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Debate on the Merits of Landmarking Rages On

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The Landmarks Preservation Commission had an active 2013, designating numerous individual landmarks as well as three new historic districts—the Bedford-Stuyvesant/Expanded Stuyvesant Heights Historic District, the West End-Collegiate Historic District Extension, and the just-approved South Village Historic District. And, since it was such a good year for designation, it was an equally good year for the Real Estate Board of New York (REBNY) and the city's historical preservationists taking shots at each other. (Our favorite example came in September, when REBNY released a report stating that rampant landmarking would "increase the cost of living in New York, and further homogenize much of the borough's neighborhoods," to which the Historic District Council's Simeon Bankoff replied, "I was unable to comment about REBNY's fresh new pro-affordable housing stance as I was distracted by a fleet of flying pigs and an ice emergency in Hell.")

This month, the two sides went at it again, via guest editorials on City Land. After REBNY president Steven Spinola wrote that, "Preservationist groups, civic organizations and local neighborhood associations have taken advantage of the loose standards and rules governing the process to control the scale of entire neighborhoods and, in many circumstances, block the development of individual sites," Landmarks Commission chair Robert Tierney responded with a boilerplate letter about how the LPC is proud of its work, works closely with landlords and city agencies, etc. Then, of course, Simeon Bankoff got in on the action, and that's when the real fun started.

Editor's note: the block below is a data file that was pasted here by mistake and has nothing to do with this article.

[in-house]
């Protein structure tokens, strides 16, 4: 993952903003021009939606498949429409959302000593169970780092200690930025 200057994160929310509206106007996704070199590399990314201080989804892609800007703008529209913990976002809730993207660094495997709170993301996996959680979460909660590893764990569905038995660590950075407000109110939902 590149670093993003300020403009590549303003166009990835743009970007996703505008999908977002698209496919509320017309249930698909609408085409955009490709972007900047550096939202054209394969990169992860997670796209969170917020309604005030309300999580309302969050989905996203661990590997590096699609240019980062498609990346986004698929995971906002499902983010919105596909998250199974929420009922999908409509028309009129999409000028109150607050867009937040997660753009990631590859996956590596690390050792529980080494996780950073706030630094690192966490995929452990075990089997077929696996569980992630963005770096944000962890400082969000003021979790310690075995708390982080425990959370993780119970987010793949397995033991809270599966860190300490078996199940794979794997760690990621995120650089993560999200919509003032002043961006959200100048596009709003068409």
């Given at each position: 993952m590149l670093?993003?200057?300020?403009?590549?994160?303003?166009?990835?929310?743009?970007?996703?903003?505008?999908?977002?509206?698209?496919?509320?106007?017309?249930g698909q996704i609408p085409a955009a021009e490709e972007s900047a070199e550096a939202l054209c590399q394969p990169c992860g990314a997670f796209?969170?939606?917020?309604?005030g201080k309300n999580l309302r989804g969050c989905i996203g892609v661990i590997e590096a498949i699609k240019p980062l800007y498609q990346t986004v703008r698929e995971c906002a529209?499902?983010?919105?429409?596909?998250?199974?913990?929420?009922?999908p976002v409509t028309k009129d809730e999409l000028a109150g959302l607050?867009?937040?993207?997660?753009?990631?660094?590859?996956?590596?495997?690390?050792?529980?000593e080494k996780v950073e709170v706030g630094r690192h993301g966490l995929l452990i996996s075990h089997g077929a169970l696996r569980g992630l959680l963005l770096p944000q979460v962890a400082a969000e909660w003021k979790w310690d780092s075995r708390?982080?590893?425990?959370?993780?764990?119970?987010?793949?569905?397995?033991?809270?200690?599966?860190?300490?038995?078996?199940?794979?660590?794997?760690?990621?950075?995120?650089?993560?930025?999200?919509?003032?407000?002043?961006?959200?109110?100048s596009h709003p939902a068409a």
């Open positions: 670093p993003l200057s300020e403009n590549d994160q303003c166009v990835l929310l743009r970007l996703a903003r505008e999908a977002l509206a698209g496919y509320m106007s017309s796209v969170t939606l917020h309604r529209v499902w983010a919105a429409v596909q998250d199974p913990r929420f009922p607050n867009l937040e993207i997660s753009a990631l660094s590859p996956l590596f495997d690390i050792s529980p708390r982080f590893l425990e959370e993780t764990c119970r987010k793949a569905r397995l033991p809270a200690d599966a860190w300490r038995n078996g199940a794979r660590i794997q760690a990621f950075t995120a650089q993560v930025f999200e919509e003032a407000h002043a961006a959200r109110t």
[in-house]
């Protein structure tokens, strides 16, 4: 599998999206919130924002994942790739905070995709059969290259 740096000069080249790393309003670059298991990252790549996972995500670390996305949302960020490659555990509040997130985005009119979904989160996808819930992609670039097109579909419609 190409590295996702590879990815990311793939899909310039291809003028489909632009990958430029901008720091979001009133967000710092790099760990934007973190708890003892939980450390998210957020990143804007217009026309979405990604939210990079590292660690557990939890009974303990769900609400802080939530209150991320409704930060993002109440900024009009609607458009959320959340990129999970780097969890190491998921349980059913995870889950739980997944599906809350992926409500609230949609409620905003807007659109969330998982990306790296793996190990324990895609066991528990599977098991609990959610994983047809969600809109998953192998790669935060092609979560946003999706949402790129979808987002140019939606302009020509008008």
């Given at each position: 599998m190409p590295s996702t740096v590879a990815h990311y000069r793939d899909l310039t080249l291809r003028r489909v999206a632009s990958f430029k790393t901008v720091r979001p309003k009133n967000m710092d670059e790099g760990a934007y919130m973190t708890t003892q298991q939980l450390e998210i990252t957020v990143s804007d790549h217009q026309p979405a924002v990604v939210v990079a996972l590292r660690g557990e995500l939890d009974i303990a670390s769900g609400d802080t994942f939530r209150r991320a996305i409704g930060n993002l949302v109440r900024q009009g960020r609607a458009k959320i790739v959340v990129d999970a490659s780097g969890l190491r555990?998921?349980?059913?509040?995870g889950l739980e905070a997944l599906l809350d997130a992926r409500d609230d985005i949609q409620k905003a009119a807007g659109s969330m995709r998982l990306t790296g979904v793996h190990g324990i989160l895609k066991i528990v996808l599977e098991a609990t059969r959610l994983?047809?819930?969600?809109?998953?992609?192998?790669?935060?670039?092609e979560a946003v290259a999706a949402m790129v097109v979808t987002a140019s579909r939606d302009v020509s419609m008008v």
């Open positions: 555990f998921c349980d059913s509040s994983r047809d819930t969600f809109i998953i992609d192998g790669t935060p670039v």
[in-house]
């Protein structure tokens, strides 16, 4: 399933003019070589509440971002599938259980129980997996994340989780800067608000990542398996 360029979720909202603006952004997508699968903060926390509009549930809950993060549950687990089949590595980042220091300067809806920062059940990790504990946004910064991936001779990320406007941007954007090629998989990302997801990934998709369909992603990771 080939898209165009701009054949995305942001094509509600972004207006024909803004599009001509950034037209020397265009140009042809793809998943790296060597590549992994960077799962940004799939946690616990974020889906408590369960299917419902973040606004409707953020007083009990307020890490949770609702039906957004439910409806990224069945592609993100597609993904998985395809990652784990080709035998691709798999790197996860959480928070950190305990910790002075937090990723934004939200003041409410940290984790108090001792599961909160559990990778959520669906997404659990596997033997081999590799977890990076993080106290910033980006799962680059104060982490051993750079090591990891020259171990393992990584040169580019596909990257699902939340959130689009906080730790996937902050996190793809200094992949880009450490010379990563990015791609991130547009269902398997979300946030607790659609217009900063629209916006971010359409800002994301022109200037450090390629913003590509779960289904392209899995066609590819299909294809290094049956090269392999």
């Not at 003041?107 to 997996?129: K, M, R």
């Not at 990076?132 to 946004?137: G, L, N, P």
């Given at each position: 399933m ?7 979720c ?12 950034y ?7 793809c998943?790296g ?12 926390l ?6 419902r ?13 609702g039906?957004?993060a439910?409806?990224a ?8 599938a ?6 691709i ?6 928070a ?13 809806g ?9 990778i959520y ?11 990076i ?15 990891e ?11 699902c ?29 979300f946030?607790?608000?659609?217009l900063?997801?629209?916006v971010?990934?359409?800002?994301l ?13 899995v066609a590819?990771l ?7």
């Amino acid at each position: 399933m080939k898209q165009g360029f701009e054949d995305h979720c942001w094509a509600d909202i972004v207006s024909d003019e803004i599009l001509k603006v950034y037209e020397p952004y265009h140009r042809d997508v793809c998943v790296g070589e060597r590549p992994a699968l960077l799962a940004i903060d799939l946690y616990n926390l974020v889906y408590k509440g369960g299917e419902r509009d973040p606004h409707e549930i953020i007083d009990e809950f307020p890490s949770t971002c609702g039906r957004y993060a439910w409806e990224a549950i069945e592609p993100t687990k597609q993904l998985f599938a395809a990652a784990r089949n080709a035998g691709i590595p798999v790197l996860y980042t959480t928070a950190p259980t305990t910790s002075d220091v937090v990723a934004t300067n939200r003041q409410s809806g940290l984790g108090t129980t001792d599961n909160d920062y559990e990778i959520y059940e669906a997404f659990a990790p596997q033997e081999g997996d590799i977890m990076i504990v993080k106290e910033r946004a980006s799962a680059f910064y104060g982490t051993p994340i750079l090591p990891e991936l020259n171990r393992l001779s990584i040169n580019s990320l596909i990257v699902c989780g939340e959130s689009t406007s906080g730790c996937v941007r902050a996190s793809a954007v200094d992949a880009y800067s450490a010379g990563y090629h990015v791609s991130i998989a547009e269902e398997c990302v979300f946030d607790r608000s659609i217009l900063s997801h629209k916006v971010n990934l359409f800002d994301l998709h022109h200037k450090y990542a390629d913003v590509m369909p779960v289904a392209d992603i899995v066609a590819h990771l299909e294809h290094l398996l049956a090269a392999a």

Some choice quotes of Bankoff's:

· "[The] community effort which brings about the political will needed for landmarking usually comes from the private investment of individual residents who work to uplift their homes and their neighborhoods."

· "Almost anywhere in the City could be exploited to make more money in the short-term. Central Park would make someone a fortune as a parking lot."

· "In an age where 'Brooklyn' has become a valuable global brand, it takes a willful obliviousness to ignore the beneficial effects of landmark designation."

· "The real estate industry is not suffering because of landmark designation ... They're just not getting EVERYTHING they want. So, like any hungry beast, from the Minotaur to a house cat, they are complaining loudly that they are not getting fed RIGHT NOW with WHAT THEY WANT. That doesn't mean the rules governing the city are bad, broken or even need reform. It just means they're hungry."
· HDC Defends NYC Landmark Preservation [City Land]
· Proposed Reforms to Improve the Landmarks Preservation Commission [City Land]